They're like the kid in the back of the classroom with his hand raised, whom the teacher never gets to call on because the other students are shouting for attention. Education activists thought that the 2008 presidential campaign would be their opportunity to make progress on the multitude of troubles besieging the nation's schools: low test scores, high dropout rates, teen violence, skyrocketing college costs. Then along came the tumbling economy, climbing gas prices, continued problems in Iraq, and the Rev. Jeremiah Wright.
"Education is a big issue, but I don't hear much about it, because everyone is going after the 'gotcha' of the day," says former Secretary of State Colin Powell, founder of America's Promise, which is working to draw attention to high school dropout rates. The organization recently released a study that found that the graduation rate in 17 of the nation's largest cities is less than 50 percent, a discouraging statistic in the face of increased global competition. "We need to be educating our youngsters to compete with China, India, eastern Europe, Russia, and Latin America," Powell says.
How each of the presidential candidates would attempt to improve the American school system is difficult to ascertain, given the limited dialogue on education thus far on the campaign trail. Still, there is little question that the next president will play a major role in the future of such pivotal education policies as the No Child Left Behind Act and the push for college affordability. Education experts who have examined the candidates' platforms have been able to reach a few conclusions. Presumptive Republican nominee Sen. John McCain, who has been particularly reticent on the topic, most likely would support traditional Republican policies such as school vouchers, merit pay for teachers, and the No Child Left Behind law. While there are notable policy differences in how Sen. Hillary Clinton and Sen. Barack Obama would pursue their goals for American education, experts say the two Democratic candidates have largely similar ideas about which reforms the nation's schools ought to pursue.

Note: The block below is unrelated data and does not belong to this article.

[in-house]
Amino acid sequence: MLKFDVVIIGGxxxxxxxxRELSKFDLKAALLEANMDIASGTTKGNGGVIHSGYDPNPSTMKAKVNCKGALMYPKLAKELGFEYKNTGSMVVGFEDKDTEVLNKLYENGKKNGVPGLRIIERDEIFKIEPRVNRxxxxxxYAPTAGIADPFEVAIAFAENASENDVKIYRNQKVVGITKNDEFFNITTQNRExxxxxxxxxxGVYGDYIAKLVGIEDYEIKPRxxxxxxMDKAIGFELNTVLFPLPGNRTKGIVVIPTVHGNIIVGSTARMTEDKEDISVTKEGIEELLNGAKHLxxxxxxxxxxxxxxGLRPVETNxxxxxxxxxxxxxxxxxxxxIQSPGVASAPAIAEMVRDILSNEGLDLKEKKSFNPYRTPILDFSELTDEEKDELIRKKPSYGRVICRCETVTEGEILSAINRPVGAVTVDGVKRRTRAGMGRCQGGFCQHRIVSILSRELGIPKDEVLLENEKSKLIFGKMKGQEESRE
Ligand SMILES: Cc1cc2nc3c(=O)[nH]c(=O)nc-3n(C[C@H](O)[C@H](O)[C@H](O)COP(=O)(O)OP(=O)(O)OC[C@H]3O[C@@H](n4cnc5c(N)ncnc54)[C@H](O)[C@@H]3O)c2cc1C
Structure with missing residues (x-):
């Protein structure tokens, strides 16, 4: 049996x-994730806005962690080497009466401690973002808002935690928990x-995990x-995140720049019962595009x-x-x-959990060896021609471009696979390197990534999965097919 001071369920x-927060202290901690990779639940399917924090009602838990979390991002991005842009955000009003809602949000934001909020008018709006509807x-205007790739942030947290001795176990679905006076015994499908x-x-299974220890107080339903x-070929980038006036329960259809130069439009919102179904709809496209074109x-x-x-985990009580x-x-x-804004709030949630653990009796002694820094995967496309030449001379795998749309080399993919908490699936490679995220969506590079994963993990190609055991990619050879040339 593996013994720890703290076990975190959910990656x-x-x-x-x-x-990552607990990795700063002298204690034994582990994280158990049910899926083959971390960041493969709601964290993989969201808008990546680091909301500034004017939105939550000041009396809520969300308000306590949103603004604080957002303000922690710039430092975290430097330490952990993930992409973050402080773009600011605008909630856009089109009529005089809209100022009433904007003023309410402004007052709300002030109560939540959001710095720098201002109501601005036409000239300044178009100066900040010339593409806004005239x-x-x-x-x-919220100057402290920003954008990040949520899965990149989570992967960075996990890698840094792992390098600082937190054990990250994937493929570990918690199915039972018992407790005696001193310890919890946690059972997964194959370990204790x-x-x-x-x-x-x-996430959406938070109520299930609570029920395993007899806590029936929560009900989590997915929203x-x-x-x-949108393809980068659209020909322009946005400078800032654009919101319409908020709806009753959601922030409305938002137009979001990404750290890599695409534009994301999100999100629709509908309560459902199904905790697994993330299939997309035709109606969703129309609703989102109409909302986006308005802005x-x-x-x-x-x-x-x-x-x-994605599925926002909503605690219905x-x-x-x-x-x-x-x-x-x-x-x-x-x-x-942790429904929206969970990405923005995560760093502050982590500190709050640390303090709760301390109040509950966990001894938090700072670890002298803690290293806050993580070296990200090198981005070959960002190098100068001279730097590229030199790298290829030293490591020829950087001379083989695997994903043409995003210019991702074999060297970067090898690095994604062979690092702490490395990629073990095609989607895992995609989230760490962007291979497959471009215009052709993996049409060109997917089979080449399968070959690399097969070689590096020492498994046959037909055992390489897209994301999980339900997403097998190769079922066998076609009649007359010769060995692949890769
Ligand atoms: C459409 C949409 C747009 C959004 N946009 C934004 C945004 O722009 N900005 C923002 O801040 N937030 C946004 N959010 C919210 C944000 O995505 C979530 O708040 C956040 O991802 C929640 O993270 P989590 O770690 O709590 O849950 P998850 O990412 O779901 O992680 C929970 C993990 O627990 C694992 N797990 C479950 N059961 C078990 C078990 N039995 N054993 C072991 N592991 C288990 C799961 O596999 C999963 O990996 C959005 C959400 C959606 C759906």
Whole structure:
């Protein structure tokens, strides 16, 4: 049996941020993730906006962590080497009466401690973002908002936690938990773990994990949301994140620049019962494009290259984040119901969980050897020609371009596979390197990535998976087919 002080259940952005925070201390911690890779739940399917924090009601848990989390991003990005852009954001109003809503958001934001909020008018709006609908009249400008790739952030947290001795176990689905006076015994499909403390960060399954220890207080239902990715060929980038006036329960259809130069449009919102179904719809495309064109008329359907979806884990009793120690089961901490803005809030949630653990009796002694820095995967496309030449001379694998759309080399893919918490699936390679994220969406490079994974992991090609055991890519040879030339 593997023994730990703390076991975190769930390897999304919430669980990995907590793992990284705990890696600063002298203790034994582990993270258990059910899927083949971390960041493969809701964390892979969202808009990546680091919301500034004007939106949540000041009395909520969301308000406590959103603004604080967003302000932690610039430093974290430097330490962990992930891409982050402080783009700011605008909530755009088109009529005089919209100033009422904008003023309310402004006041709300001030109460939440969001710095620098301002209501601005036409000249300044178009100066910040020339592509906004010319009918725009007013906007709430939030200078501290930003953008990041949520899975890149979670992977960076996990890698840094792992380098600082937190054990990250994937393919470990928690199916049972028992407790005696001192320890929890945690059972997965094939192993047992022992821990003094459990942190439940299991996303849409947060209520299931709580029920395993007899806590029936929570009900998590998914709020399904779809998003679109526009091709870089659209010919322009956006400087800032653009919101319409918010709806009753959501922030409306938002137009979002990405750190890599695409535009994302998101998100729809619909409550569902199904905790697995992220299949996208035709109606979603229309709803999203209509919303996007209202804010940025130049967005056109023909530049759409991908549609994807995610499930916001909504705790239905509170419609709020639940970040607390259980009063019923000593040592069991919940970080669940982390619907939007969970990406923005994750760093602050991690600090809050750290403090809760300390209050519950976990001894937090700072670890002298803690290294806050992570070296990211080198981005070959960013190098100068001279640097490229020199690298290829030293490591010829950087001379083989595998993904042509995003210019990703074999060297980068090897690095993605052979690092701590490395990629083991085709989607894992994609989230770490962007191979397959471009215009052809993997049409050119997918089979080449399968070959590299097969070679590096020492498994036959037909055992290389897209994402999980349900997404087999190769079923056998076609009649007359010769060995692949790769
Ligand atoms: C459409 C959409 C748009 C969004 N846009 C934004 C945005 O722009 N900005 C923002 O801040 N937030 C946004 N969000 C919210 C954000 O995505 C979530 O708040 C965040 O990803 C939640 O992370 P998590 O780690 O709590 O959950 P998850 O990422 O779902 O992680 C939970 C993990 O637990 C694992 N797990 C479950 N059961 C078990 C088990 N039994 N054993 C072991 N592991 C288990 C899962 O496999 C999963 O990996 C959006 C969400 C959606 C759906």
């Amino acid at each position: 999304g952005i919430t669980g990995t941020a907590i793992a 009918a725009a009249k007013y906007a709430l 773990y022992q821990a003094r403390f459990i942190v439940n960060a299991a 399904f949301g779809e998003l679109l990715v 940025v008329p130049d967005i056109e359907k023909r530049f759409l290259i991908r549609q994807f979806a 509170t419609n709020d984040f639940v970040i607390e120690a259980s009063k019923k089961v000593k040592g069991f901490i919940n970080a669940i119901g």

Losing step. Frustration over how education has been crowded out of the presidential debate is barely contained among the nation's leading education experts. Each week seems to bring more evidence of how the United States is losing step with the rest of the developed world when it comes to educating children. Seventy percent of eighth graders are not proficient in reading, over a million high schoolers drop out each year, and nearly one third of college freshmen must take remedial math or English courses.
Recent polls suggest that the electorate would like to hear more about education—especially women, Hispanics, and young voters. Ultimately, the economy could be the catalyst that thrusts education into the campaign dialogue, experts say. After all, tomorrow's CEOs, scientists, and inventors are sitting in America's classrooms today. There already is evidence that the need for improvement is urgent: Two thirds of all new U.S. jobs require advanced training, and many U.S. companies insist they can't find enough skilled employees to fill openings without hiring foreign workers. For example, while there are nearly 100,000 new jobs annually in computer science, there has been a dramatic decline in tech graduates. As a result, the United States provides 65,000 temporary work visas each year to help make up the shortfall.
The connection between schooling and the economy is a theme echoed throughout the circles of those who seek to make education a bigger part of the campaign. "We face a future in which good jobs may not be ours if we don't fare better in educating our children," says former Colorado Gov. Roy Romer, chairman of Strong American Schools, a nonprofit funded in part by the Bill and Melinda Gates Foundation. He is charged with the tough task of encouraging the presidential contenders to elevate education in their campaign agendas. Adds Romer: "We're not where a great nation ought to be."